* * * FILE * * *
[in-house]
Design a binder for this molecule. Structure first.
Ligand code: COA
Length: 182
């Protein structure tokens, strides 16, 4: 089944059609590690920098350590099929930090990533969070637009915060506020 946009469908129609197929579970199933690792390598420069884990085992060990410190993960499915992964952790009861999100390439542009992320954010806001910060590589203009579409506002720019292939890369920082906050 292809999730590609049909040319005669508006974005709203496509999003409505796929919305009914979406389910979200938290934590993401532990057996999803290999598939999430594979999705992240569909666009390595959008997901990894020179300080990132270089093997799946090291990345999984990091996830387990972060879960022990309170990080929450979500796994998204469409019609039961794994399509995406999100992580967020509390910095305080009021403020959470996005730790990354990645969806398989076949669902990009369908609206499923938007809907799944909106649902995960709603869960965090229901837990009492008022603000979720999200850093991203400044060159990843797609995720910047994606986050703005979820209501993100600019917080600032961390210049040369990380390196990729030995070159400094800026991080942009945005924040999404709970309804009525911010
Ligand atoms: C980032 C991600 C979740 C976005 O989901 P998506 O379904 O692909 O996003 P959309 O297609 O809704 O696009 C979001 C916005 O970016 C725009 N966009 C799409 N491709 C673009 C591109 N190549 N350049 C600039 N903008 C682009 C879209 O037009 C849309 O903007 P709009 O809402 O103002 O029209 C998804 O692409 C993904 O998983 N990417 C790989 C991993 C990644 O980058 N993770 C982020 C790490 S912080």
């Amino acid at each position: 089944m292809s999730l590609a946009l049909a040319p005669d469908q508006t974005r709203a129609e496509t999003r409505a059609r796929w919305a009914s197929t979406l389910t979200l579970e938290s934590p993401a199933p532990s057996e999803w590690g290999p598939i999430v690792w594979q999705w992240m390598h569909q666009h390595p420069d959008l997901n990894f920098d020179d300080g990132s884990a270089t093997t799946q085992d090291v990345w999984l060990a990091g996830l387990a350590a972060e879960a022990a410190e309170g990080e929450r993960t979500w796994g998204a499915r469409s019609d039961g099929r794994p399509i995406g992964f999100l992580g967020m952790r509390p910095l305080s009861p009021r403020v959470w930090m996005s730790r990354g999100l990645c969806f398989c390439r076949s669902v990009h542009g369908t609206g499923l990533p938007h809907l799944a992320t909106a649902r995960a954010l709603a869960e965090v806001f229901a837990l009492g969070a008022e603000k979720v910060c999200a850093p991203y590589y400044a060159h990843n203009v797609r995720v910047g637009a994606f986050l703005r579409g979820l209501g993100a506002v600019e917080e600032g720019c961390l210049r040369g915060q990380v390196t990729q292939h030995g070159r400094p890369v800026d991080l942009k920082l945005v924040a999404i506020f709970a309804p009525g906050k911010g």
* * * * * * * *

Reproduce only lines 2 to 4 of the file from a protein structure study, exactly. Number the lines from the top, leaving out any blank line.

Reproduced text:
Design a binder for this molecule. Structure first.
Ligand code: COA
Length: 182